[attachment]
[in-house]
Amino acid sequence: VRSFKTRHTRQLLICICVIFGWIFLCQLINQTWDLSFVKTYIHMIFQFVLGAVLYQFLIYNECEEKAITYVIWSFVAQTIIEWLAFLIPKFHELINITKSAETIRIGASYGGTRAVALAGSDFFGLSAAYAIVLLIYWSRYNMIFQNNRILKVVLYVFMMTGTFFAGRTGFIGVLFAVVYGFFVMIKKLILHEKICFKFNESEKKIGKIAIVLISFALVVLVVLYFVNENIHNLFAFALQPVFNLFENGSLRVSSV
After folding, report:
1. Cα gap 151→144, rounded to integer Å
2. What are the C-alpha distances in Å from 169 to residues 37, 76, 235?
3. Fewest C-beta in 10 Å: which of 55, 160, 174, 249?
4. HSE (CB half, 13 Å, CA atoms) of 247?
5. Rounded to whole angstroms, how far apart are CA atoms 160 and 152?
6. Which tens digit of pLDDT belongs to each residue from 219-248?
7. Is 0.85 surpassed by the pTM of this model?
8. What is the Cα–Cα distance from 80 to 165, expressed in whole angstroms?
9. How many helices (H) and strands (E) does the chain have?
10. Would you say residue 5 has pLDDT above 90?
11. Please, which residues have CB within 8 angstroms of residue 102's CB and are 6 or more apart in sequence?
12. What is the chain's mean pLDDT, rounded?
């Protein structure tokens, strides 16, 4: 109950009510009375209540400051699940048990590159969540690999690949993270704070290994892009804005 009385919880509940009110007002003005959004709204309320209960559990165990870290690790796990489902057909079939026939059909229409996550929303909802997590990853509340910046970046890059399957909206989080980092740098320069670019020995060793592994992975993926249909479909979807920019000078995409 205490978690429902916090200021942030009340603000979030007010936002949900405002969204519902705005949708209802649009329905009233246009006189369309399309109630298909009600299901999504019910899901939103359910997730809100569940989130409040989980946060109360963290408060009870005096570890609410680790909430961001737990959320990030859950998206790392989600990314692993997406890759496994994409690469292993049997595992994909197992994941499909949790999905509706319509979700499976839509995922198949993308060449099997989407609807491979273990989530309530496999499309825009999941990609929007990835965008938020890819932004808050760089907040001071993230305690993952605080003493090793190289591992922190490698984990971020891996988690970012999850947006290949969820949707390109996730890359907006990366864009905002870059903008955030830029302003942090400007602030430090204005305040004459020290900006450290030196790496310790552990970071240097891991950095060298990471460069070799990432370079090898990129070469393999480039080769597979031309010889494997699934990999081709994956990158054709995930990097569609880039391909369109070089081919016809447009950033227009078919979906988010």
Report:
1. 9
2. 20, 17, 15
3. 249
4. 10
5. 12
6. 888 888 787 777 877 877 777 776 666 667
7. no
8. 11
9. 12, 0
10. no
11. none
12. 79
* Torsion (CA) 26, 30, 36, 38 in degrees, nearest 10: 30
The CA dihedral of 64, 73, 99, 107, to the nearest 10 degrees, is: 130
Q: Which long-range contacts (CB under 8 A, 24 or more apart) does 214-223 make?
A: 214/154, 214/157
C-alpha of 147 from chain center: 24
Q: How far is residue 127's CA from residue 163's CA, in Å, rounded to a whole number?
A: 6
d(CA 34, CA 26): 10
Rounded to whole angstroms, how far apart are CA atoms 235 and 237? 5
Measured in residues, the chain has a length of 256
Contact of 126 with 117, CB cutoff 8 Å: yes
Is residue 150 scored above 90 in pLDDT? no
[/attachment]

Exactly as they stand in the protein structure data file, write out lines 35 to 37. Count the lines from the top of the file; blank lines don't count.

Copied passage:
Q: How far is residue 127's CA from residue 163's CA, in Å, rounded to a whole number?
A: 6
d(CA 34, CA 26): 10